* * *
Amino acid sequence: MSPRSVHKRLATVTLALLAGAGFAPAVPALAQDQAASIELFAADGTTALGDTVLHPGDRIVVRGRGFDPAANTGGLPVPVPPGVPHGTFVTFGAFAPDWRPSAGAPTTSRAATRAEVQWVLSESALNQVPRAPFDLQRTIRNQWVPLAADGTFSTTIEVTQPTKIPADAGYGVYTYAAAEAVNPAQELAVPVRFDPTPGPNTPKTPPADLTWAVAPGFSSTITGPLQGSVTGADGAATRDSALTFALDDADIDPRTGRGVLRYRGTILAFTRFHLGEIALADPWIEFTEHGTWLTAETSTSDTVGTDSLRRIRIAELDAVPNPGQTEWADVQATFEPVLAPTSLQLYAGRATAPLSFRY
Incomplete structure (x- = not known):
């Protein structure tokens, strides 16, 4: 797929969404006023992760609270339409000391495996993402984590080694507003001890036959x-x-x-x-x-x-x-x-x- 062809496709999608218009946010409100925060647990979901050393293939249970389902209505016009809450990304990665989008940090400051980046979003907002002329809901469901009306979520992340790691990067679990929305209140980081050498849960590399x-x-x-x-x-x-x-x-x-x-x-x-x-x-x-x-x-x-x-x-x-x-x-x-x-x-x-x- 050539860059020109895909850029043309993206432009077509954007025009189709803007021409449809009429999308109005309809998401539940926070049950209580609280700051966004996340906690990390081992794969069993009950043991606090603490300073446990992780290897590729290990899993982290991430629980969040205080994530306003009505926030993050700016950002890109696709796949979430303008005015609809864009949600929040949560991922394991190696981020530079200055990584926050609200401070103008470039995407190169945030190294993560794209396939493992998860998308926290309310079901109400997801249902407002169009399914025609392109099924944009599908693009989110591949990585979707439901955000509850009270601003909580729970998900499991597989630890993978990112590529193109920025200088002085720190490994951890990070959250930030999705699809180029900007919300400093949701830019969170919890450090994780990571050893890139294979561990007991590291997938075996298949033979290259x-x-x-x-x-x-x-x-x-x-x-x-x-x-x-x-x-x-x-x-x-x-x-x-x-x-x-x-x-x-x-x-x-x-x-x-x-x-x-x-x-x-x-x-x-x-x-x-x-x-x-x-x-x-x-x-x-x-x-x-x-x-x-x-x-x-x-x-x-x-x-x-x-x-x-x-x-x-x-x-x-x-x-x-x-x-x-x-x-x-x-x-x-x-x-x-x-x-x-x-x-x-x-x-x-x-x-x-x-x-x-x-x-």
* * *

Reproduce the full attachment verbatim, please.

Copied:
Amino acid sequence: MSPRSVHKRLATVTLALLAGAGFAPAVPALAQDQAASIELFAADGTTALGDTVLHPGDRIVVRGRGFDPAANTGGLPVPVPPGVPHGTFVTFGAFAPDWRPSAGAPTTSRAATRAEVQWVLSESALNQVPRAPFDLQRTIRNQWVPLAADGTFSTTIEVTQPTKIPADAGYGVYTYAAAEAVNPAQELAVPVRFDPTPGPNTPKTPPADLTWAVAPGFSSTITGPLQGSVTGADGAATRDSALTFALDDADIDPRTGRGVLRYRGTILAFTRFHLGEIALADPWIEFTEHGTWLTAETSTSDTVGTDSLRRIRIAELDAVPNPGQTEWADVQATFEPVLAPTSLQLYAGRATAPLSFRY
Incomplete structure (x- = not known):
């Protein structure tokens, strides 16, 4: 797929969404006023992760609270339409000391495996993402984590080694507003001890036959x-x-x-x-x-x-x-x-x- 062809496709999608218009946010409100925060647990979901050393293939249970389902209505016009809450990304990665989008940090400051980046979003907002002329809901469901009306979520992340790691990067679990929305209140980081050498849960590399x-x-x-x-x-x-x-x-x-x-x-x-x-x-x-x-x-x-x-x-x-x-x-x-x-x-x-x- 050539860059020109895909850029043309993206432009077509954007025009189709803007021409449809009429999308109005309809998401539940926070049950209580609280700051966004996340906690990390081992794969069993009950043991606090603490300073446990992780290897590729290990899993982290991430629980969040205080994530306003009505926030993050700016950002890109696709796949979430303008005015609809864009949600929040949560991922394991190696981020530079200055990584926050609200401070103008470039995407190169945030190294993560794209396939493992998860998308926290309310079901109400997801249902407002169009399914025609392109099924944009599908693009989110591949990585979707439901955000509850009270601003909580729970998900499991597989630890993978990112590529193109920025200088002085720190490994951890990070959250930030999705699809180029900007919300400093949701830019969170919890450090994780990571050893890139294979561990007991590291997938075996298949033979290259x-x-x-x-x-x-x-x-x-x-x-x-x-x-x-x-x-x-x-x-x-x-x-x-x-x-x-x-x-x-x-x-x-x-x-x-x-x-x-x-x-x-x-x-x-x-x-x-x-x-x-x-x-x-x-x-x-x-x-x-x-x-x-x-x-x-x-x-x-x-x-x-x-x-x-x-x-x-x-x-x-x-x-x-x-x-x-x-x-x-x-x-x-x-x-x-x-x-x-x-x-x-x-x-x-x-x-x-x-x-x-x-x-």